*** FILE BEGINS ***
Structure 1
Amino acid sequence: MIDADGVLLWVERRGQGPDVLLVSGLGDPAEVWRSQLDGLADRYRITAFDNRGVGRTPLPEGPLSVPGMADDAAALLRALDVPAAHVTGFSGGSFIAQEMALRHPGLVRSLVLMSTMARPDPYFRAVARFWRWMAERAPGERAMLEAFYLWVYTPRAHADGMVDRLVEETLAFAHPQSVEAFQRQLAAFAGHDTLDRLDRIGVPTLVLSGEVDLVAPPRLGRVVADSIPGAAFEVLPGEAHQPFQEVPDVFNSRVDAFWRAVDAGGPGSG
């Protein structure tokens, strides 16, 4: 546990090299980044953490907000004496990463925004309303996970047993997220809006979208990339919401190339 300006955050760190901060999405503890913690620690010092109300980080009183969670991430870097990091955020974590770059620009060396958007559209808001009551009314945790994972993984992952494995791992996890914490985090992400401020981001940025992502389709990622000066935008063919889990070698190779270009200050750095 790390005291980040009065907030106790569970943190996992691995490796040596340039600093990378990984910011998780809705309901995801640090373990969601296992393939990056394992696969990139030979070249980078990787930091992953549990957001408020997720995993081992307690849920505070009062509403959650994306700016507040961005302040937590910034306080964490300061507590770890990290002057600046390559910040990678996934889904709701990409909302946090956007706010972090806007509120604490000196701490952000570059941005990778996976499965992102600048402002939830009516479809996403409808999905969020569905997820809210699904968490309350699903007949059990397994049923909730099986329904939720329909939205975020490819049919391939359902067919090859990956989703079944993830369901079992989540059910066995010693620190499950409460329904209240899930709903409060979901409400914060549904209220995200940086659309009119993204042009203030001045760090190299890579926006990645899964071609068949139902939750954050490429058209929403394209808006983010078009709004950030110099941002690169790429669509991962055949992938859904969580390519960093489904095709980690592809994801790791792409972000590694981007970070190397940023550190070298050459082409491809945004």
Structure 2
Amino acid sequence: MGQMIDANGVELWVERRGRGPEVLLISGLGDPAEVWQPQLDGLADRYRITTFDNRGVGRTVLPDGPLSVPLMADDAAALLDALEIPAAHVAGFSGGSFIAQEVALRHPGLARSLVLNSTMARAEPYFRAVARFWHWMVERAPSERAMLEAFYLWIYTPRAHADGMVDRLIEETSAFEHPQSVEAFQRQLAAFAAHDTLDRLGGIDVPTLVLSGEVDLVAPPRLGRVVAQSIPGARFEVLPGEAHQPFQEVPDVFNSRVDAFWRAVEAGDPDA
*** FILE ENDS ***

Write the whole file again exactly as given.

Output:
Structure 1
Amino acid sequence: MIDADGVLLWVERRGQGPDVLLVSGLGDPAEVWRSQLDGLADRYRITAFDNRGVGRTPLPEGPLSVPGMADDAAALLRALDVPAAHVTGFSGGSFIAQEMALRHPGLVRSLVLMSTMARPDPYFRAVARFWRWMAERAPGERAMLEAFYLWVYTPRAHADGMVDRLVEETLAFAHPQSVEAFQRQLAAFAGHDTLDRLDRIGVPTLVLSGEVDLVAPPRLGRVVADSIPGAAFEVLPGEAHQPFQEVPDVFNSRVDAFWRAVDAGGPGSG
């Protein structure tokens, strides 16, 4: 546990090299980044953490907000004496990463925004309303996970047993997220809006979208990339919401190339 300006955050760190901060999405503890913690620690010092109300980080009183969670991430870097990091955020974590770059620009060396958007559209808001009551009314945790994972993984992952494995791992996890914490985090992400401020981001940025992502389709990622000066935008063919889990070698190779270009200050750095 790390005291980040009065907030106790569970943190996992691995490796040596340039600093990378990984910011998780809705309901995801640090373990969601296992393939990056394992696969990139030979070249980078990787930091992953549990957001408020997720995993081992307690849920505070009062509403959650994306700016507040961005302040937590910034306080964490300061507590770890990290002057600046390559910040990678996934889904709701990409909302946090956007706010972090806007509120604490000196701490952000570059941005990778996976499965992102600048402002939830009516479809996403409808999905969020569905997820809210699904968490309350699903007949059990397994049923909730099986329904939720329909939205975020490819049919391939359902067919090859990956989703079944993830369901079992989540059910066995010693620190499950409460329904209240899930709903409060979901409400914060549904209220995200940086659309009119993204042009203030001045760090190299890579926006990645899964071609068949139902939750954050490429058209929403394209808006983010078009709004950030110099941002690169790429669509991962055949992938859904969580390519960093489904095709980690592809994801790791792409972000590694981007970070190397940023550190070298050459082409491809945004």
Structure 2
Amino acid sequence: MGQMIDANGVELWVERRGRGPEVLLISGLGDPAEVWQPQLDGLADRYRITTFDNRGVGRTVLPDGPLSVPLMADDAAALLDALEIPAAHVAGFSGGSFIAQEVALRHPGLARSLVLNSTMARAEPYFRAVARFWHWMVERAPSERAMLEAFYLWIYTPRAHADGMVDRLIEETSAFEHPQSVEAFQRQLAAFAAHDTLDRLGGIDVPTLVLSGEVDLVAPPRLGRVVAQSIPGARFEVLPGEAHQPFQEVPDVFNSRVDAFWRAVEAGDPDA